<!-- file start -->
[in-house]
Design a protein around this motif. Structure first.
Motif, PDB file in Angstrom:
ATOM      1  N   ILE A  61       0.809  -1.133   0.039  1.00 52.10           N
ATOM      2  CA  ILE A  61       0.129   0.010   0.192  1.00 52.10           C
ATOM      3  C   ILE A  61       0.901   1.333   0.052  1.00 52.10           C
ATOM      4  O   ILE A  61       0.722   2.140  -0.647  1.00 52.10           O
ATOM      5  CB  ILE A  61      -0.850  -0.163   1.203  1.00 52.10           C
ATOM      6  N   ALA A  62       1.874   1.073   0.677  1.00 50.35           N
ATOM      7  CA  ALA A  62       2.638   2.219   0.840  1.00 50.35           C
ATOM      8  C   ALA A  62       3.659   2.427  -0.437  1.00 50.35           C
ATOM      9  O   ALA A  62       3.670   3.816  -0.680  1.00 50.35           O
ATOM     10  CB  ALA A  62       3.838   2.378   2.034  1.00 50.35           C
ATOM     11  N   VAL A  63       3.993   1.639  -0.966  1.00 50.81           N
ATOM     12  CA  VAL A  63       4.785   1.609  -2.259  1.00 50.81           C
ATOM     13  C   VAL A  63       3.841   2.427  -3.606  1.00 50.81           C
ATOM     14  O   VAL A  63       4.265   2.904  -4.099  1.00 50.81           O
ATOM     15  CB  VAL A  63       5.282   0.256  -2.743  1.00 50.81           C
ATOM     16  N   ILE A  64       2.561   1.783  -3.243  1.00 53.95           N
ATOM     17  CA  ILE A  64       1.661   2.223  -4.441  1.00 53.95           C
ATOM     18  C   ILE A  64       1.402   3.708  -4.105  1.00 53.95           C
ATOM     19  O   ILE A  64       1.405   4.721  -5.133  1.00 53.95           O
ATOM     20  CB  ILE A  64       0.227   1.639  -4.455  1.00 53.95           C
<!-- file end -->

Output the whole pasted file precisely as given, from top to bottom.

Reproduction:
[in-house]
Design a protein around this motif. Structure first.
Motif, PDB file in Angstrom:
ATOM      1  N   ILE A  61       0.809  -1.133   0.039  1.00 52.10           N
ATOM      2  CA  ILE A  61       0.129   0.010   0.192  1.00 52.10           C
ATOM      3  C   ILE A  61       0.901   1.333   0.052  1.00 52.10           C
ATOM      4  O   ILE A  61       0.722   2.140  -0.647  1.00 52.10           O
ATOM      5  CB  ILE A  61      -0.850  -0.163   1.203  1.00 52.10           C
ATOM      6  N   ALA A  62       1.874   1.073   0.677  1.00 50.35           N
ATOM      7  CA  ALA A  62       2.638   2.219   0.840  1.00 50.35           C
ATOM      8  C   ALA A  62       3.659   2.427  -0.437  1.00 50.35           C
ATOM      9  O   ALA A  62       3.670   3.816  -0.680  1.00 50.35           O
ATOM     10  CB  ALA A  62       3.838   2.378   2.034  1.00 50.35           C
ATOM     11  N   VAL A  63       3.993   1.639  -0.966  1.00 50.81           N
ATOM     12  CA  VAL A  63       4.785   1.609  -2.259  1.00 50.81           C
ATOM     13  C   VAL A  63       3.841   2.427  -3.606  1.00 50.81           C
ATOM     14  O   VAL A  63       4.265   2.904  -4.099  1.00 50.81           O
ATOM     15  CB  VAL A  63       5.282   0.256  -2.743  1.00 50.81           C
ATOM     16  N   ILE A  64       2.561   1.783  -3.243  1.00 53.95           N
ATOM     17  CA  ILE A  64       1.661   2.223  -4.441  1.00 53.95           C
ATOM     18  C   ILE A  64       1.402   3.708  -4.105  1.00 53.95           C
ATOM     19  O   ILE A  64       1.405   4.721  -5.133  1.00 53.95           O
ATOM     20  CB  ILE A  64       0.227   1.639  -4.455  1.00 53.95           C